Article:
Customized 3D Printed Medical Models Enhance Surgical Training
3D printing is making a profound difference at the University of Malaya’s Centre for Biomedical and Technology Integration (CBMTI). CBMTI uses Stratasys’ PolyJet 3D Printing technology to deliver a range of services including custom medical implants, prototypes for new devices and patient-specific models for surgical planning. But perhaps the greatest impact is in creating sophisticated training simulators for clinical procedures.
At CBMTI’s inception, neurosurgeons were mentoring on live human cases, and practicing on cadaveric dissection and computer simulations. Its first 3D printer made spatially accurate models in a single material, but did not mimic human pathology without a costly, time-consuming post process. This changed when they acquired Stratasys PolyJet 3D printing technology.
“Once we got the Stratasys multi-material 3D Printer, we were able to 3D print medical models that could, for instance, mimic the texture of the nose, the linings, and the harder tissue at the back of the nose. We found this very useful, especially in teaching trainees how to handle different materials,” said Vicknes Waran, MD, director of CBMTI.
Better Prepared with Realistic Patient-Specific Models
CBMTI now 3D prints detailed multi-material models that mimic real anatomy, even down to a specific patient’s tumor. With access to advanced multi-material 3D printing, CBMTI can fabricate models that feature different textures and densities over surfaces and throughout interiors, just as human body parts do.
Customizing the Training Model: How It Works
CBMTI develops its training courses in partnership with leaders in various fields. Together, they identify a patient with the anatomy and pathology they wish to train physicians to treat. CBMTI engineers then convert the patient’s CT and MRI scans into digital design files, and select materials that best match the physical, tactile and color characteristics of the target anatomy. CBMTI has even found ways to use support material, typically removed from the final model, to enhance clinical realism.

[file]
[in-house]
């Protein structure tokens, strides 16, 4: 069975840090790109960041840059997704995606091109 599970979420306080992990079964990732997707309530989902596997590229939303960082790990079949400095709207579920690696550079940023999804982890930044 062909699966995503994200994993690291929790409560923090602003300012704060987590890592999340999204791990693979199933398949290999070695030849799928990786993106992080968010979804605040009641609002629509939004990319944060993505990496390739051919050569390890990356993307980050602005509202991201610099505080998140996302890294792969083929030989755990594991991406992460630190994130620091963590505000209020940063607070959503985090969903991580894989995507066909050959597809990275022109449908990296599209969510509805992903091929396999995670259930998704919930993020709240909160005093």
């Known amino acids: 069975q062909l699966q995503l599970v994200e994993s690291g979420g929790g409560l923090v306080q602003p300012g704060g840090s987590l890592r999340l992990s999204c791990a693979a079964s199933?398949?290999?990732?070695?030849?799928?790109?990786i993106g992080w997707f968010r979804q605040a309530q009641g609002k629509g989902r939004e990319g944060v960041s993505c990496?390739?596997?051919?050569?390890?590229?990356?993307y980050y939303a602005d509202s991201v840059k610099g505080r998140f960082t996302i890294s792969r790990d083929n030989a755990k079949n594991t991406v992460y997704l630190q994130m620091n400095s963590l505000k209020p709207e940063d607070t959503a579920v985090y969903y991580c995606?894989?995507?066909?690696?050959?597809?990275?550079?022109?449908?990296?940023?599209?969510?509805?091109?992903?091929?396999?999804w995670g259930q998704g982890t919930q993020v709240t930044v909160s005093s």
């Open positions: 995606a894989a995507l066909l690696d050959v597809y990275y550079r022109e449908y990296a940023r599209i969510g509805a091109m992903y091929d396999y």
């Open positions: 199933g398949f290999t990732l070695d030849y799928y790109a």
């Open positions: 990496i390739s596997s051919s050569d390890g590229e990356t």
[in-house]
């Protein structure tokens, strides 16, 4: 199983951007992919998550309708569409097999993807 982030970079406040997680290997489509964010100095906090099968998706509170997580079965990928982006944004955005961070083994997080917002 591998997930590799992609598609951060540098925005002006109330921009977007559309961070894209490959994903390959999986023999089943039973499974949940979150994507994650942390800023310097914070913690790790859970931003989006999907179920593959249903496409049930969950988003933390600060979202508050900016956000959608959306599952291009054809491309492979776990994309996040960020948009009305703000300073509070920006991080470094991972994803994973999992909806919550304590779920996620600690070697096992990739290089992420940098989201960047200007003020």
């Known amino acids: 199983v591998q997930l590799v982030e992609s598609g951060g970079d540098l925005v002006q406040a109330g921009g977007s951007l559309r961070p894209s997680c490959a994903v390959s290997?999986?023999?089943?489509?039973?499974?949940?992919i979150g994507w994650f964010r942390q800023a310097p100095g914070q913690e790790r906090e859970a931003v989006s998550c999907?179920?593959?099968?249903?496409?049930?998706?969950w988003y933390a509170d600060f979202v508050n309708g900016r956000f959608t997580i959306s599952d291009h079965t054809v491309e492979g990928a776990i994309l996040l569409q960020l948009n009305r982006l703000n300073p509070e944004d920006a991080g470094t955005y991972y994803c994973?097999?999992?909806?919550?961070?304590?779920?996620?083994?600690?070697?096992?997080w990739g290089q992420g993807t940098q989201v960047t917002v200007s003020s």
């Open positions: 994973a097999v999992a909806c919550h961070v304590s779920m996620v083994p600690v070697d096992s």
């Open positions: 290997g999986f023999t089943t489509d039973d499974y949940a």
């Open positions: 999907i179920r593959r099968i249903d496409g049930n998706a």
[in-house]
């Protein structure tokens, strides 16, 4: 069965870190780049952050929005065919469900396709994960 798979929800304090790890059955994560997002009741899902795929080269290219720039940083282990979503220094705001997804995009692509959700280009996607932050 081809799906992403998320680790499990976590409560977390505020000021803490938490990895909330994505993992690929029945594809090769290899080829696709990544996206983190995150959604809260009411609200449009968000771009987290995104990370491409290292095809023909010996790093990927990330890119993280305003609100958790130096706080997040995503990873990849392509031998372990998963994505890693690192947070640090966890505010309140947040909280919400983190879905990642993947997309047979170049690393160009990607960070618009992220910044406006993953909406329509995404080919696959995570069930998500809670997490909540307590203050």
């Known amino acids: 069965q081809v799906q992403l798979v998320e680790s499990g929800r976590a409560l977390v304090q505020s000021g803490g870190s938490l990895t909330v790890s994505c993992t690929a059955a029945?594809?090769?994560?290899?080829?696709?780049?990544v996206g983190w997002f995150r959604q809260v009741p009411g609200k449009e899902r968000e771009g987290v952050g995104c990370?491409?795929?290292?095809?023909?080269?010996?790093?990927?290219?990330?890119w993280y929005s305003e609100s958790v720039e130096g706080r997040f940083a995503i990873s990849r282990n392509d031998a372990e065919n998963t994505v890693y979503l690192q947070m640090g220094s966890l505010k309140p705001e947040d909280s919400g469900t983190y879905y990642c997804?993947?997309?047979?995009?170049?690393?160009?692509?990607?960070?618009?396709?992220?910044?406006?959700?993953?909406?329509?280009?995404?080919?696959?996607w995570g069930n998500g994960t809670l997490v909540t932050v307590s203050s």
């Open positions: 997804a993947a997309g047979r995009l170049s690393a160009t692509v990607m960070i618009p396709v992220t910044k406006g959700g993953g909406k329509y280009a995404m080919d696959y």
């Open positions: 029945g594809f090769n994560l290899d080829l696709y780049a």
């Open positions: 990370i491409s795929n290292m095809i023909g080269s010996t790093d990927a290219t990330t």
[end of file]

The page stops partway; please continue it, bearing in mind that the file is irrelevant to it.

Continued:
“We have also incorporated features such as fluid dynamics so we can simulate endoscopic neurosurgical procedures,” said Yuwaraj Kumar Balakrishnan, CBMTI chief operations officer. “We find surgeons who train on these models are much better prepared in terms of dealing with complex surgeries, simply because they are able to train and retrain on the models until they perfect the procedure.”
Industry Leaders in Medical Models
Interest has significantly increased since CBMTI invested in 3D printing and the company has increased production capacity by 40 percent with its 3D printers. A team of 20 medical clinicians, rapid-prototyping engineers, computer programmers and electrical engineers work together on their main 3D printing lines of business: creating prototypes for university research, developing custom titanium implants and manufacturing custom simulators for surgical training.
“Researchers’ interest in our 3D printed models has increased a hundredfold since we began using these 3D printers,” said Balakrishnan. “Stratasys 3D printers are the ideal platform for innovation.”